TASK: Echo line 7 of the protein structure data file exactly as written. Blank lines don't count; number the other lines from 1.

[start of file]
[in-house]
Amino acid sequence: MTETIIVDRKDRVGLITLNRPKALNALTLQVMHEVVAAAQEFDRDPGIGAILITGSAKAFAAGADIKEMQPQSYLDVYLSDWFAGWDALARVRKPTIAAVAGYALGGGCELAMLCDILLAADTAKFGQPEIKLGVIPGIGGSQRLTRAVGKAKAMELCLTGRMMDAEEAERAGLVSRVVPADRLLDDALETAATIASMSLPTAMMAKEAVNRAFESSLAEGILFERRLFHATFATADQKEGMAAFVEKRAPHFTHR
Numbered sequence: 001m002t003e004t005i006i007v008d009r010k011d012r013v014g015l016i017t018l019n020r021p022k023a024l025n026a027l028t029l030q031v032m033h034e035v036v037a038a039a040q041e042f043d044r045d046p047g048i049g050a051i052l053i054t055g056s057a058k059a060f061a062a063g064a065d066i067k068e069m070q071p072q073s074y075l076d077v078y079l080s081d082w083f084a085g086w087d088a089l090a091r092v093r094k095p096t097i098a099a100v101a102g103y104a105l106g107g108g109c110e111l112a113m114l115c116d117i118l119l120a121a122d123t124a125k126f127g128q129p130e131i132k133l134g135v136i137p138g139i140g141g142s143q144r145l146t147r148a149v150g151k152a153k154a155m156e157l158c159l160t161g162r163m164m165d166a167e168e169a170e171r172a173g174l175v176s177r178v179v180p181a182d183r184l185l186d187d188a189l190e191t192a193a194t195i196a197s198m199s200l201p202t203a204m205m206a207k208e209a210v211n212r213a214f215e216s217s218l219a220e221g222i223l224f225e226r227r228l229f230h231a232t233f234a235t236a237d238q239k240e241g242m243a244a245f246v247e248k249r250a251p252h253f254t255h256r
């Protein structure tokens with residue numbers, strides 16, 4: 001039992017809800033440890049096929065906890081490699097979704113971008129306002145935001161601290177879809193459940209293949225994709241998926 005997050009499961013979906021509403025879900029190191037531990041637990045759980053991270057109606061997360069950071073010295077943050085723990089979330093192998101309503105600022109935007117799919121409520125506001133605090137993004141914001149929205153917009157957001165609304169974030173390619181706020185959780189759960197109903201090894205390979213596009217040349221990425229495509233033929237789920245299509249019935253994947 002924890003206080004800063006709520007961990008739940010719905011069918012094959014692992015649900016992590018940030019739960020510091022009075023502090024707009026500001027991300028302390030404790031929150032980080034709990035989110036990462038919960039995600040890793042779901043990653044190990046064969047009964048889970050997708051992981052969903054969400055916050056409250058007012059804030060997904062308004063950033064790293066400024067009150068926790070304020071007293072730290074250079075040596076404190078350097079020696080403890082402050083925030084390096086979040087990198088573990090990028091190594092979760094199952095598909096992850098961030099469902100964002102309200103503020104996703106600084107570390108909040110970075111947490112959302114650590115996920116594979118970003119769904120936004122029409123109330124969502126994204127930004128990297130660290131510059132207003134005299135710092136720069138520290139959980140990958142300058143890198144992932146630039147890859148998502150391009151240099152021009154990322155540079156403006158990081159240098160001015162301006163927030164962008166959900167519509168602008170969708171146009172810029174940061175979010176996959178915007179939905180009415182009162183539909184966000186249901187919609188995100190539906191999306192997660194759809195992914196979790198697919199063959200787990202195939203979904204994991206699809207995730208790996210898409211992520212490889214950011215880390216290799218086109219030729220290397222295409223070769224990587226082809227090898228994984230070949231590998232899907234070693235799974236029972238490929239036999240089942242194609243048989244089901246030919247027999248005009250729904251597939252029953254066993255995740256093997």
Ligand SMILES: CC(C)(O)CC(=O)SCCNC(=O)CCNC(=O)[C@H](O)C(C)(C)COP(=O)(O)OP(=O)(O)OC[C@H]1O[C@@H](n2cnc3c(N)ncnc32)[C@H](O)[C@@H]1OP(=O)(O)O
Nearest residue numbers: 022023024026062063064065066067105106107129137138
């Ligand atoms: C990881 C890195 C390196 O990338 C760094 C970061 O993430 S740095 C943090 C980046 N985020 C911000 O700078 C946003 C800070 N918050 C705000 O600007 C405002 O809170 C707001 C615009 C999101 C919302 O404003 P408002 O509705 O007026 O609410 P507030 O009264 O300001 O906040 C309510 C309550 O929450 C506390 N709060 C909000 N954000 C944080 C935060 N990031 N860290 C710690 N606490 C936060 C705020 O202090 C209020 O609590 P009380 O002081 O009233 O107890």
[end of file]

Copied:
């Ligand atoms: C990881 C890195 C390196 O990338 C760094 C970061 O993430 S740095 C943090 C980046 N985020 C911000 O700078 C946003 C800070 N918050 C705000 O600007 C405002 O809170 C707001 C615009 C999101 C919302 O404003 P408002 O509705 O007026 O609410 P507030 O009264 O300001 O906040 C309510 C309550 O929450 C506390 N709060 C909000 N954000 C944080 C935060 N990031 N860290 C710690 N606490 C936060 C705020 O202090 C209020 O609590 P009380 O002081 O009233 O107890």